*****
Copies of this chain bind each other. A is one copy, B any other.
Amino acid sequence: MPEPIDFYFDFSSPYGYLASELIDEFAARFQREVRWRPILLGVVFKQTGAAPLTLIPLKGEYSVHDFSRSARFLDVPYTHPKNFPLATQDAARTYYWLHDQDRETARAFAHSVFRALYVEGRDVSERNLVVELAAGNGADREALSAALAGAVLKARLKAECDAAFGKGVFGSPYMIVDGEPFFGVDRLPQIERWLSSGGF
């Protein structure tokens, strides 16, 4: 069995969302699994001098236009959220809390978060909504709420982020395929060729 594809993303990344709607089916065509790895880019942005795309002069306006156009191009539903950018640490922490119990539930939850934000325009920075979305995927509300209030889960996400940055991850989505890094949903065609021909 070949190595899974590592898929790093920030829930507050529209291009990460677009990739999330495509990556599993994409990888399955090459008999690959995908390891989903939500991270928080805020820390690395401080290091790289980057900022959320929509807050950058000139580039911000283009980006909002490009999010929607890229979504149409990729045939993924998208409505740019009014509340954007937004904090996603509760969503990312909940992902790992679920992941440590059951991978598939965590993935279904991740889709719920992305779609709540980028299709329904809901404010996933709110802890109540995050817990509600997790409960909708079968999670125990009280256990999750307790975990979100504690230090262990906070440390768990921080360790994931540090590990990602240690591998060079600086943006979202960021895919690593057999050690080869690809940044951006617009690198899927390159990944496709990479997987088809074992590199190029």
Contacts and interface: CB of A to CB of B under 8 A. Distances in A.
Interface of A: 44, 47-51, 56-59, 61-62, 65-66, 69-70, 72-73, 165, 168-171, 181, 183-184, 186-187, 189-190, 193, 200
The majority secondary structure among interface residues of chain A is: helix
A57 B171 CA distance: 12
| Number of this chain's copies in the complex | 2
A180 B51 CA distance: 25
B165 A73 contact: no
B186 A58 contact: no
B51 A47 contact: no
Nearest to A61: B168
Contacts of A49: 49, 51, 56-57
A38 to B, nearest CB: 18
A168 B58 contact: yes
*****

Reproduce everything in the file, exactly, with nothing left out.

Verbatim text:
Copies of this chain bind each other. A is one copy, B any other.
Amino acid sequence: MPEPIDFYFDFSSPYGYLASELIDEFAARFQREVRWRPILLGVVFKQTGAAPLTLIPLKGEYSVHDFSRSARFLDVPYTHPKNFPLATQDAARTYYWLHDQDRETARAFAHSVFRALYVEGRDVSERNLVVELAAGNGADREALSAALAGAVLKARLKAECDAAFGKGVFGSPYMIVDGEPFFGVDRLPQIERWLSSGGF
């Protein structure tokens, strides 16, 4: 069995969302699994001098236009959220809390978060909504709420982020395929060729 594809993303990344709607089916065509790895880019942005795309002069306006156009191009539903950018640490922490119990539930939850934000325009920075979305995927509300209030889960996400940055991850989505890094949903065609021909 070949190595899974590592898929790093920030829930507050529209291009990460677009990739999330495509990556599993994409990888399955090459008999690959995908390891989903939500991270928080805020820390690395401080290091790289980057900022959320929509807050950058000139580039911000283009980006909002490009999010929607890229979504149409990729045939993924998208409505740019009014509340954007937004904090996603509760969503990312909940992902790992679920992941440590059951991978598939965590993935279904991740889709719920992305779609709540980028299709329904809901404010996933709110802890109540995050817990509600997790409960909708079968999670125990009280256990999750307790975990979100504690230090262990906070440390768990921080360790994931540090590990990602240690591998060079600086943006979202960021895919690593057999050690080869690809940044951006617009690198899927390159990944496709990479997987088809074992590199190029």
Contacts and interface: CB of A to CB of B under 8 A. Distances in A.
Interface of A: 44, 47-51, 56-59, 61-62, 65-66, 69-70, 72-73, 165, 168-171, 181, 183-184, 186-187, 189-190, 193, 200
The majority secondary structure among interface residues of chain A is: helix
A57 B171 CA distance: 12
| Number of this chain's copies in the complex | 2
A180 B51 CA distance: 25
B165 A73 contact: no
B186 A58 contact: no
B51 A47 contact: no
Nearest to A61: B168
Contacts of A49: 49, 51, 56-57
A38 to B, nearest CB: 18
A168 B58 contact: yes